Phryganidia californica Packard, 1864

93-0138

California Oak Moth

Identification

Adults

Phryganidia californica is a plain day-flying prominent moth found in forests of western Oregon in our region. It is moderate-sized (FW length 15–16 mm.) with uniform plain pale grayish tan forewings, a lighter pale yellow area distal to the end of the cell in males, lacking all markings other than dark veins. The long dark antennae are bipectinate, widest in males.

No other Pacific Northwest moth has plain tan wings marked only on the veins.

Larvae

Larva is smooth with thin longitudinal stripes of purple, white, black, and green, and is illustrated by Miller & Hammond (2003).

Habitat

This species is common to abundant in mixed hardwood-conifer forests of the Cascades, Coast Range, and Siskiyou Mountains of western Oregon, primarily at middle to higher elevations in the mountains.

Distribution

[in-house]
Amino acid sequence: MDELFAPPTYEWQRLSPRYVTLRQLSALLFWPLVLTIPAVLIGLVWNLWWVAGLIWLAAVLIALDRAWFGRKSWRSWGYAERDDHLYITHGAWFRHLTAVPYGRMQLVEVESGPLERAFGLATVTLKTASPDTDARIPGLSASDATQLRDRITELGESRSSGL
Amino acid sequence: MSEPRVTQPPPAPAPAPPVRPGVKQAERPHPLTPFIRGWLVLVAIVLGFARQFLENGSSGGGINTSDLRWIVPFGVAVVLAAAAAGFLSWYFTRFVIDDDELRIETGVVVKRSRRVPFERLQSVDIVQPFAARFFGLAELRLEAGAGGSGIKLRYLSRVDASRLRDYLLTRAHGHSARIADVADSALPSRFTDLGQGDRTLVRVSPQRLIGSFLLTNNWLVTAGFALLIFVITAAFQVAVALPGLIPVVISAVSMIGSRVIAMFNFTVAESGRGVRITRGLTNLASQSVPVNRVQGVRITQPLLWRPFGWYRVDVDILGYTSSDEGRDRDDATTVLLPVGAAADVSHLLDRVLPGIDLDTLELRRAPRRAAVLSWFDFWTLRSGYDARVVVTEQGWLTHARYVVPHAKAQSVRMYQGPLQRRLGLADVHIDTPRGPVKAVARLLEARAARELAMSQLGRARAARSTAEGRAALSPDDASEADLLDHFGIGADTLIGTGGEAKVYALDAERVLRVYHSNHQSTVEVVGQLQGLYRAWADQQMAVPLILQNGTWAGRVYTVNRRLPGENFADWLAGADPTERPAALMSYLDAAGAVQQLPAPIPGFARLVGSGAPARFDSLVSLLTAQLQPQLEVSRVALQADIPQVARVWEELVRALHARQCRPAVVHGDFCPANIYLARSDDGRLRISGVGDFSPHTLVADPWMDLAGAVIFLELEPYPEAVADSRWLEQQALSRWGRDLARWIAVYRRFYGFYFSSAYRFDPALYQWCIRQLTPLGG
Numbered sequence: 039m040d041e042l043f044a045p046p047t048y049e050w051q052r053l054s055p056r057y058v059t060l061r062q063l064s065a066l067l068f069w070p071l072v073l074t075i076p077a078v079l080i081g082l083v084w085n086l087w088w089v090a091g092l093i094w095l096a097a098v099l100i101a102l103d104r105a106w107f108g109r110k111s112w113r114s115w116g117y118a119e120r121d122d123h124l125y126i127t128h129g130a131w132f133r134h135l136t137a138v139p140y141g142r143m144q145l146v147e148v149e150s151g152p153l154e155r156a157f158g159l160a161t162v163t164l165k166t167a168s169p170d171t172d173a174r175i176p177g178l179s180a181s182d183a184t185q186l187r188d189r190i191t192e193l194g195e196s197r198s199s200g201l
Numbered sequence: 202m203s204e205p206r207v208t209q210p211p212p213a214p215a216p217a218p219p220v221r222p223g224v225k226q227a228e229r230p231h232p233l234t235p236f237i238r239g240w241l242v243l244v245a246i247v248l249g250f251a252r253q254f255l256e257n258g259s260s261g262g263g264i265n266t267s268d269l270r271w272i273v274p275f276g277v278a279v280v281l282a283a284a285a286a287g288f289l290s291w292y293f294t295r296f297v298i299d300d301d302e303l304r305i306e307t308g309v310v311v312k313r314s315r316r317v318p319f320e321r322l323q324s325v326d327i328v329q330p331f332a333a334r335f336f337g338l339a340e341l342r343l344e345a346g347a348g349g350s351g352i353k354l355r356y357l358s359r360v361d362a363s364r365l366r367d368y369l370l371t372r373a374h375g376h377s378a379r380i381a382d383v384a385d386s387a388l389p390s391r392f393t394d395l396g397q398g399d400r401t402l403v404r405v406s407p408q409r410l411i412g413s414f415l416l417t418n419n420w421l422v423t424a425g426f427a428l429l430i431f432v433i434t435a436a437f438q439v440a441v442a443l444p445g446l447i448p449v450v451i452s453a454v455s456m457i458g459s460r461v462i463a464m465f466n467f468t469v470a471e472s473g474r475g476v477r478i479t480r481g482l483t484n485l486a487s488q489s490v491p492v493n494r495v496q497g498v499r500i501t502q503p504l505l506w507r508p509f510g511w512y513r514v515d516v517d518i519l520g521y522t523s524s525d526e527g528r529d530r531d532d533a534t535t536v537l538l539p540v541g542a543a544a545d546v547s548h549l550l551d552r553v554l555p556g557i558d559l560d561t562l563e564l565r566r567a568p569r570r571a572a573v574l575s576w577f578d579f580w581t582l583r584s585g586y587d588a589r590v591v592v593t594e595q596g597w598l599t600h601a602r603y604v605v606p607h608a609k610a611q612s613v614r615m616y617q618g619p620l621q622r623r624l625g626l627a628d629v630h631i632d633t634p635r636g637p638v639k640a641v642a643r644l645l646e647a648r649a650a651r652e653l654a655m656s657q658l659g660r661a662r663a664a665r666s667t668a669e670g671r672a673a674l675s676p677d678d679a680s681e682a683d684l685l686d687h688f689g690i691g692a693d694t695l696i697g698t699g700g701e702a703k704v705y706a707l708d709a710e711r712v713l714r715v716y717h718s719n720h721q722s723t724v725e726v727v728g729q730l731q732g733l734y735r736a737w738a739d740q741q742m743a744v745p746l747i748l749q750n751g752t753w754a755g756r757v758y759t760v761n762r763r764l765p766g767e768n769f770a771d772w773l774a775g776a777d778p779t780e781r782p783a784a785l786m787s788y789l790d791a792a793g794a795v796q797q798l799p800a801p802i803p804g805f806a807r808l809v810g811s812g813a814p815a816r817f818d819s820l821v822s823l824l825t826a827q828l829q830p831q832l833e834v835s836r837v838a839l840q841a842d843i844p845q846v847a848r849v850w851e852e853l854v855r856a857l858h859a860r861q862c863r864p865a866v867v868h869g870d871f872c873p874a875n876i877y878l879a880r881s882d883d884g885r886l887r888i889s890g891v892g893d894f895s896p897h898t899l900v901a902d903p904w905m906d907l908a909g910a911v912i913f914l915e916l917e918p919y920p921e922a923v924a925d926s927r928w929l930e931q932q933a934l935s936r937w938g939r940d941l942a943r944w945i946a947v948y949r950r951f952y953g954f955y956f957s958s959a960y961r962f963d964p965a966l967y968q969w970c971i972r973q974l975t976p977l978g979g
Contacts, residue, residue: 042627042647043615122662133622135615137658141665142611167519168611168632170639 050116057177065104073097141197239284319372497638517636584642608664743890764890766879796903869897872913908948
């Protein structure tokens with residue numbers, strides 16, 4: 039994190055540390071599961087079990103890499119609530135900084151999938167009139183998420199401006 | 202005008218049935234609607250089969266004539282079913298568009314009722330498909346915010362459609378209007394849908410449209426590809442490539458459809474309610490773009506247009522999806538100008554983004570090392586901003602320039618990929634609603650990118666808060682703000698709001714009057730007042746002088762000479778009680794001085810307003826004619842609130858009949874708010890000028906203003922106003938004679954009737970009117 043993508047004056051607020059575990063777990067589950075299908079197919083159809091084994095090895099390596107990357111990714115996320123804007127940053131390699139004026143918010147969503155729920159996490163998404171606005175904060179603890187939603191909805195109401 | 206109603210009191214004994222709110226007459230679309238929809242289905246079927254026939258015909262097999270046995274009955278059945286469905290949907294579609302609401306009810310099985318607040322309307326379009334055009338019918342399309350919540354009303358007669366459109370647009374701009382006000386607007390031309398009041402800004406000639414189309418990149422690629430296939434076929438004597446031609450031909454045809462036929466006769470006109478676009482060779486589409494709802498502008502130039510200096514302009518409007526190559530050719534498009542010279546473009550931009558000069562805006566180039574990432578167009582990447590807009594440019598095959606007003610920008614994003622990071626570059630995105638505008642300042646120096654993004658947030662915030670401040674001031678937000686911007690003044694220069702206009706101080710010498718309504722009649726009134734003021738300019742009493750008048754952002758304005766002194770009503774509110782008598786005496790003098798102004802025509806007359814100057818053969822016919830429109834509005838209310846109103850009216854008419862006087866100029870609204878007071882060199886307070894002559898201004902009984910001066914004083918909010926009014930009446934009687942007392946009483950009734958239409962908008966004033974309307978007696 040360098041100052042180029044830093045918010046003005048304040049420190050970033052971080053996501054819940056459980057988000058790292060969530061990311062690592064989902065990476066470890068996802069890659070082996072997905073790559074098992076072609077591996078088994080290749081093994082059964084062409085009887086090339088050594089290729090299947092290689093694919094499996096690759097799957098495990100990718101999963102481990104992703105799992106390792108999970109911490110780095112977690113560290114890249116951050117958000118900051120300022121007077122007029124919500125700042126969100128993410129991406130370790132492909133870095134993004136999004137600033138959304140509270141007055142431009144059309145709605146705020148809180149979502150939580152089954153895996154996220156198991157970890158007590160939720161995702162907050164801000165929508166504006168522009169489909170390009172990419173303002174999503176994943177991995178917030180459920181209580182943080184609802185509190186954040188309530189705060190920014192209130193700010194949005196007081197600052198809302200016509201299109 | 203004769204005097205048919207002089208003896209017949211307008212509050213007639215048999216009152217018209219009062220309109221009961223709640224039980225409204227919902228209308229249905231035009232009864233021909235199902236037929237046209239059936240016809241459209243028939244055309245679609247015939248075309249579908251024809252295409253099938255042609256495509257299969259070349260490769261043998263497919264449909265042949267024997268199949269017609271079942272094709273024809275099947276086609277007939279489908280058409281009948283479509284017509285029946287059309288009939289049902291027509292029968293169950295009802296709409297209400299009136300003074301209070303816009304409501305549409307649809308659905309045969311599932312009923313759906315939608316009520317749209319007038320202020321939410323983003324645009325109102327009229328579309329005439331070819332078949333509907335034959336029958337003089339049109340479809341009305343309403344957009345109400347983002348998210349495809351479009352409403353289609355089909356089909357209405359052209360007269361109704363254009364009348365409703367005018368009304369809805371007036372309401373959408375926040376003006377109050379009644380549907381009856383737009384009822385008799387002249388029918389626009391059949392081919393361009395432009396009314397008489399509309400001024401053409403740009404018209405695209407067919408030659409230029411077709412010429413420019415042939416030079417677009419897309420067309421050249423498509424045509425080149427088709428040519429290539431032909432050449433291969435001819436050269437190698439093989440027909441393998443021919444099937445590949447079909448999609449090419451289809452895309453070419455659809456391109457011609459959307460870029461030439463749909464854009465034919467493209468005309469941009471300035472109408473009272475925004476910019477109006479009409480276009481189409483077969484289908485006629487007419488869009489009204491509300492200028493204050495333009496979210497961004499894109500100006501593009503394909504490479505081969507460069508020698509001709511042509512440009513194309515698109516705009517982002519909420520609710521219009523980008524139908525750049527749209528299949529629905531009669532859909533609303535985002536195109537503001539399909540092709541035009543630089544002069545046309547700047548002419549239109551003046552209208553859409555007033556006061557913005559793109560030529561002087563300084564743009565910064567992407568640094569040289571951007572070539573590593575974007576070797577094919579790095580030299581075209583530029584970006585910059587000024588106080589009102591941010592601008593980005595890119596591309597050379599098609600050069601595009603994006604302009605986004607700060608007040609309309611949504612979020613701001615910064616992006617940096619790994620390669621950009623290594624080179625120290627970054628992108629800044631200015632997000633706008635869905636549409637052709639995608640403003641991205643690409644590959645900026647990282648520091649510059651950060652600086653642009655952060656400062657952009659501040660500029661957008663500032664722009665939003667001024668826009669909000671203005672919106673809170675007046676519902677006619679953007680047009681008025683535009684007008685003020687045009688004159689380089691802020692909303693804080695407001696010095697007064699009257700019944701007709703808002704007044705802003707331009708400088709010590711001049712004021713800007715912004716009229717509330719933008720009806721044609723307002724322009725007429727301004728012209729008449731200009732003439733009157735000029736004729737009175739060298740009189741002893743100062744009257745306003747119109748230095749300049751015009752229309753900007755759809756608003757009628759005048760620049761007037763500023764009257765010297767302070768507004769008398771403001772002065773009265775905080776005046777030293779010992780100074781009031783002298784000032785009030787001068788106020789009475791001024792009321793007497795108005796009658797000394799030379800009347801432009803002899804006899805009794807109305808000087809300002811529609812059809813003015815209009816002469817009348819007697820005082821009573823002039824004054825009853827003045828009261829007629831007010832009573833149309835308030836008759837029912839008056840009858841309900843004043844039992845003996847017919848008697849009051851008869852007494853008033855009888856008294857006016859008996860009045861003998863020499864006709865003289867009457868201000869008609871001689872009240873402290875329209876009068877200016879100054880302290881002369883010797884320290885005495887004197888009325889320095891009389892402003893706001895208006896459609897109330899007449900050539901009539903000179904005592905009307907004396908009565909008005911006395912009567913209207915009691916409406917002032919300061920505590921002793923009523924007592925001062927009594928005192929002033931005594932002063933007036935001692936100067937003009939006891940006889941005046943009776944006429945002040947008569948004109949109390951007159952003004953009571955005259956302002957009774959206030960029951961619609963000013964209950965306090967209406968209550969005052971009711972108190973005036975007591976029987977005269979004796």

Pacific Northwest

Phryganidia californica is restricted to forests of the central and southern portions of western Oregon in the Pacific Northwest.

Global

This species' range extends south along the Pacific Coast to Baja California in northern Mexico.

Life History

Larvae

This species is a foodplant specialist feeding on evergreen Fagaceae, including canyon live oak (Quercus chrysolepis), tan oak (Lithocarpus densiflorus), and golden chinquapin (Castanopsis chrysophylla) in Oregon.

Adults

The adults are primarily diurnal, although Powell & Opler (2009) report that it occasionally comes to light. Several broods occur in California. Pacific Northwest collecting dates range from late June to mid September.

Economic Importance

This species experiences occasional outbreaks during which the larvae can completely defoliate oaks.

Literature

BugGuide

Miller & Hammond (2003)

Miller & Hammond (2007)

Moth Photographers Group

Powell & Opler (2009)